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Looking for a way to increase pad-printing productivity and efficiency while improving the durability and resolution of your prints? The introduction of UV-curable inks for pad printing may provide the answer. Learn what characteristics UV pad inks offer, where they can be used, and how their processing requirements differ from those of conventional inks.

One reason why pad printing is so versatile is because of the unique inks used in the process and the way they make image transfer possible. Unlike screen- and offset-printing inks, pad inks have to transition through several rheological states (changes in flow properties) in order for the image to transfer to the substrate. With properly formulated inks, you can achieve not only excellent ink transfer, but high print resolution and impressive production rates as well.

Historically, pad-printing inks have comprised a range of solvent-based formulations, including conventional solvent-based inks that dry by evaporation and epoxies that crosslink when exposed to heat. Recently, however, these formulation have been joined by ultraviolet (UV) curable pad-printing inks that offer the same characteristics of rapid curing and high durability as the UV inks screen and offset printers have been using for years. Today, three-dimensional metal, glass, and plastic substrates with recessed or textured print areas are ready candidates for UV pad printing.

UV technology and pad printing

UV curing was investigated in the early 1950’s in the automotive painting industry, moved into offset-printing markets in the ’60s, and began taking over large sections of the screen-printing market in the ’70s. Today, UV-curable photopolymers not only include inks, but have expanded to encompass adhesives, silicone release coatings, pressure-sensitive adhesives, and numerous other coatings.

In pad printing, UV-curable inks allow users to achieve precise printed images that cure very fast and exhibit high abrasion resistance, great impact resistance, and incredible solvent resistance after curing. The introduction of these inks coincides with advances in printing equipment that allow users to take full advantage of the benefits of UV technology. Notable equipment enhancements include greater parts-handling automation, advanced timing control during printing, improved closed ink-cup designs, and automatic pad cleaning, to name a few. All these improvements have helped to make UV pad printing a reality.

Pad-printing ink rheology

Just like their solvent-based cousins, UV pad inks have unique rheology requirements. During the printing cycle, the ink is flooded on the plate and excess ink removed with a doctor blade (or ring on closed-cup systems) leaving ink only in the recessed etched areas of the plate. This ink must retain a specific viscosity in the printing plate until the silicone pad picks it up.

As solvent evaporates from the ink after pickup by the pad (UV pad inks also contain some solvent to provide the necessary rheological characteristics), the ink becomes tackier. With the new rheology, the ink’s cohesiveness (ability to stick together) increases and causes the ink to adhere to the substrate and release from the pad during the printing stroke.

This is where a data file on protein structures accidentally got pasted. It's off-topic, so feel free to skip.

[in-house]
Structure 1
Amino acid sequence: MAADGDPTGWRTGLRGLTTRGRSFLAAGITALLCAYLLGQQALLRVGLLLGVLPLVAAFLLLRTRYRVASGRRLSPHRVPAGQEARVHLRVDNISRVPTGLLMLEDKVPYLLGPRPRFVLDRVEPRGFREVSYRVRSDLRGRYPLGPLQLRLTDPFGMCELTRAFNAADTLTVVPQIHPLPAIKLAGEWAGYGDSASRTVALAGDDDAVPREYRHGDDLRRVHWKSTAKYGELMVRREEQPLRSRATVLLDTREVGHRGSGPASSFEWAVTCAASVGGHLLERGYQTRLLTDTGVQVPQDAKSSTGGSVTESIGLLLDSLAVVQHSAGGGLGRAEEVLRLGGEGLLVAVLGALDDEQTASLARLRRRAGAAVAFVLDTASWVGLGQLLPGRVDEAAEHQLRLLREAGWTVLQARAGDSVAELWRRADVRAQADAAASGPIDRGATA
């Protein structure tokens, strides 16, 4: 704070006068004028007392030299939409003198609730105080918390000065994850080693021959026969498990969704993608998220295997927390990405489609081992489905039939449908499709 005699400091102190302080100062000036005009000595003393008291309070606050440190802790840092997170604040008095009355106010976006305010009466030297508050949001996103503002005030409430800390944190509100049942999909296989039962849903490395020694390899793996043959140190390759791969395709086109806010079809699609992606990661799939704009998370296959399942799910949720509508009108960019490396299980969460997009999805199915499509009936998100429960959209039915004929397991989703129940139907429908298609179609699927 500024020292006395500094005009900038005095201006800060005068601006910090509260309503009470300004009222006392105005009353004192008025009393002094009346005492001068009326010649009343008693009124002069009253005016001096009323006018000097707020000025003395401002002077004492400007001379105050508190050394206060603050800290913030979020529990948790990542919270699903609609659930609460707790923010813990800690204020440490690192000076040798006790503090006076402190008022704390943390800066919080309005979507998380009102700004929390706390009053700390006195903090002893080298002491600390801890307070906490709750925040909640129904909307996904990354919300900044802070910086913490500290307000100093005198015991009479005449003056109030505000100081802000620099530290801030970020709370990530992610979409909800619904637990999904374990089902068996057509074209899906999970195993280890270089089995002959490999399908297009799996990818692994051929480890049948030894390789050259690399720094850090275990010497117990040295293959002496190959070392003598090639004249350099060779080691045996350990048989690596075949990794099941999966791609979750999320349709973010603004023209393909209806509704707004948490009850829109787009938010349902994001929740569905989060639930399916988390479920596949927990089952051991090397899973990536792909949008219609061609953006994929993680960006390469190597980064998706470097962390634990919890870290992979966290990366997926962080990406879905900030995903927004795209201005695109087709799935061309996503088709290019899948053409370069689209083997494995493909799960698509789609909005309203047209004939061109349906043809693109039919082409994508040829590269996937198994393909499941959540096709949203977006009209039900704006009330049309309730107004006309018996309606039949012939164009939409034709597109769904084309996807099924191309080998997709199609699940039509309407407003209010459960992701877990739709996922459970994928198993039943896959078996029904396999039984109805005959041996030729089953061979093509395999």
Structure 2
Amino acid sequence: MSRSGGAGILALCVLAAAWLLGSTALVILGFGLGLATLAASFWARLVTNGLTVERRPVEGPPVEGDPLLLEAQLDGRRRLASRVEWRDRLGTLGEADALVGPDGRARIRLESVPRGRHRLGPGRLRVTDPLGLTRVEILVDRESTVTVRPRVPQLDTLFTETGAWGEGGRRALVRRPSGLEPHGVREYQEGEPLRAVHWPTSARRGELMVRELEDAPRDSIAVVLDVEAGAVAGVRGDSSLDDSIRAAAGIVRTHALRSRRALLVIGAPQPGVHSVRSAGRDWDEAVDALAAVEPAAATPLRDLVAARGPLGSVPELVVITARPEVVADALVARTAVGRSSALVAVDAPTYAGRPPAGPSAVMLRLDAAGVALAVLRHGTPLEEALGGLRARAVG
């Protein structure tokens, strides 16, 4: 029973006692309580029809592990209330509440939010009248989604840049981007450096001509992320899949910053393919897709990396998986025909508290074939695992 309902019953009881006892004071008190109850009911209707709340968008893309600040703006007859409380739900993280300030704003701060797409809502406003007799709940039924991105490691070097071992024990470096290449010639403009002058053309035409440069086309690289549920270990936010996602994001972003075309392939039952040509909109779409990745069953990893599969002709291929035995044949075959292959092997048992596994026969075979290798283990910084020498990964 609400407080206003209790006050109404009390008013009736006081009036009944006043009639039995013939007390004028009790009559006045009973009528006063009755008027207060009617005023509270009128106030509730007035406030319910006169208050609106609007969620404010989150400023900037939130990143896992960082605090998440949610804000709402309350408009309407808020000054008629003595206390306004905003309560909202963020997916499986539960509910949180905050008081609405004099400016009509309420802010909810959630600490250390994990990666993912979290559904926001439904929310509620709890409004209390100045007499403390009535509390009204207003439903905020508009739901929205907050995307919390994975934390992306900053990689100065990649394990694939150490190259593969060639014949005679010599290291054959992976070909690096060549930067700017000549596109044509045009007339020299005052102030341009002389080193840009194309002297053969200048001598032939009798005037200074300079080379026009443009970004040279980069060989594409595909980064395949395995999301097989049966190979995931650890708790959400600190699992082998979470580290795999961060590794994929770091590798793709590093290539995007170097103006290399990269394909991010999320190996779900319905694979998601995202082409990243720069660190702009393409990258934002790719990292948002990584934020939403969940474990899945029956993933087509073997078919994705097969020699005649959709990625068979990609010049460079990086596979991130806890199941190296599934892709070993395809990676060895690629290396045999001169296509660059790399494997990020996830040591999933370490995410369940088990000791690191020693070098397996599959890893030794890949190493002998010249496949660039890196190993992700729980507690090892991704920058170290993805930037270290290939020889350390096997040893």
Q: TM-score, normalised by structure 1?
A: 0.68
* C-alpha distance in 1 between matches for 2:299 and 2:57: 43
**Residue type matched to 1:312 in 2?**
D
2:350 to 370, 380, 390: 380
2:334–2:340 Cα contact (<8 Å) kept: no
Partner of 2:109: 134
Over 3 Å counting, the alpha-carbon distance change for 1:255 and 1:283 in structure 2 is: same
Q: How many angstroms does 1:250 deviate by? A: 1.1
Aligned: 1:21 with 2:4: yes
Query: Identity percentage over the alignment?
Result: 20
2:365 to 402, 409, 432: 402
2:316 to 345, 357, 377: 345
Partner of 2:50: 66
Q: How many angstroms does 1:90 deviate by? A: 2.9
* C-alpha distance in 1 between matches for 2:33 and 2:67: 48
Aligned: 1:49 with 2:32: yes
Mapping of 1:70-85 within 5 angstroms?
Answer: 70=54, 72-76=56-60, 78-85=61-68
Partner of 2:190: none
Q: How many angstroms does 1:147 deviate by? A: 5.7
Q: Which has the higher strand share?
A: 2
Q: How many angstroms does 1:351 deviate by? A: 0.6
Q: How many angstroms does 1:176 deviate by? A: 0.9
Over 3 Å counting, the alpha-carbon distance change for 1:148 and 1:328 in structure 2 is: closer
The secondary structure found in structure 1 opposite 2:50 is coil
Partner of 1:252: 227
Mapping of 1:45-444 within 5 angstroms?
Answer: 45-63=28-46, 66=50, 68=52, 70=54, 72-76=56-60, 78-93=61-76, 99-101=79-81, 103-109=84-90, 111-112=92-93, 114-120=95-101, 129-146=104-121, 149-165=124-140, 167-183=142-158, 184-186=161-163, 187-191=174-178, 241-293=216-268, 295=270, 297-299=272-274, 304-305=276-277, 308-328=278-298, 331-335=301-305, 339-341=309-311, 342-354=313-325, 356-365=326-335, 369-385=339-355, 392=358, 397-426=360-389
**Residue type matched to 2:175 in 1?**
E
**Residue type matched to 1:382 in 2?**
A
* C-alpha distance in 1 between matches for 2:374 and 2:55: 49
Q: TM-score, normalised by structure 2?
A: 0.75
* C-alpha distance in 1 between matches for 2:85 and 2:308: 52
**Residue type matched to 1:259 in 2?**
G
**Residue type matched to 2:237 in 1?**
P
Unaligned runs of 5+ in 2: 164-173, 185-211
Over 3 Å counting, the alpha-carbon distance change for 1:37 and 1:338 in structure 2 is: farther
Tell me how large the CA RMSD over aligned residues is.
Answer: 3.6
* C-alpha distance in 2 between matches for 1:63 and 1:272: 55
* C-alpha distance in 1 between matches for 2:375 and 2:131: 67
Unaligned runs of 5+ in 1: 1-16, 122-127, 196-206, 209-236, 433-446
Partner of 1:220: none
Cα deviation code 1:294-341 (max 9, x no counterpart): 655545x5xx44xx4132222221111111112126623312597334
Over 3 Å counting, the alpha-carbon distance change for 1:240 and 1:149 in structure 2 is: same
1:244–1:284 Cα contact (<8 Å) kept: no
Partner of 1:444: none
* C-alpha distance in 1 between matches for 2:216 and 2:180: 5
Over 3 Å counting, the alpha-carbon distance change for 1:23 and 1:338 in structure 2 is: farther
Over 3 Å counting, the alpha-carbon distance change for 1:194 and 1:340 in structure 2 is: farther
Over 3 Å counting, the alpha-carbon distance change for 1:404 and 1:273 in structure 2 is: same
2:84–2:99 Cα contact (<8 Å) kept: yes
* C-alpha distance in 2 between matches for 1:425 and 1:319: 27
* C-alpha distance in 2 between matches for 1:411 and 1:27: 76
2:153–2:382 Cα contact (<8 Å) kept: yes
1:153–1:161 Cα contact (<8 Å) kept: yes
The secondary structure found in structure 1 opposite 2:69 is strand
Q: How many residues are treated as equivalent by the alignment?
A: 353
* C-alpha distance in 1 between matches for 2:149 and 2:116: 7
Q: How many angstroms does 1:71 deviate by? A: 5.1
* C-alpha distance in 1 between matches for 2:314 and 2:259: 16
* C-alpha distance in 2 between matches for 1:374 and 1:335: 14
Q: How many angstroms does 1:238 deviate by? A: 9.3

Curing UV pad-printing inks

As mentioned previously, solvent-based pad-printing inks are dried by solvent evaporation. Epoxies, on the other hand, crosslink when exposed to heat in curing, achieving greater molecular weight than standard inks. UV pad inks are similar to epoxy inks, except that they crosslink when exposed to UV energy, rather than heat. Exposing printed UV inks to very high intensity UV energy allows them to fully crosslink in seconds.

As UV energy penetrates the ink film, photoiniators in the ink react with other nearby molecules called mono-mers and oligomers, causing them to link and form a solid matrix of molecules. The whole reaction takes only a few seconds, and if the ink is properly formulated, can even occur in the presence of a fairly dense pigment load. The final cured product typically exhibits greater abrasion resistant than most heat-cured epoxies and has equivalent or superior solvent resistance.

The most efficient source of UV energy with sufficient intensity to fully cure UV inks is a medium-pressure mercury-vapor lamp. Some of these lamps are doped with various metals to shift their output toward particular wavelengths.

Heat-sensitive materials, including ABS, polystyrene, and other plastics, can also be printed and cured successfully with UV pad inks. In circumstances where these materials will be encountered, curing equipment should incorporate dichroic reflectors. The reflectors are positioned above the lamps and absorb much of the infrared (thermal) output while reflecting the desired UV wavelengths and minimal heat to the printed surface.

Comparing conventional and UV inks

Use of UV-curable pad-printing inks is ideal for most high-volume printing applications where solvent and abrasion resistance are required. In general, cured UV inks provide significantly greater abrasion resistance than conventional solvent-based inks and epoxies. One application in which this advantage has been validated is in computer-keyboard manufacturing, where characters are pad printed onto keys.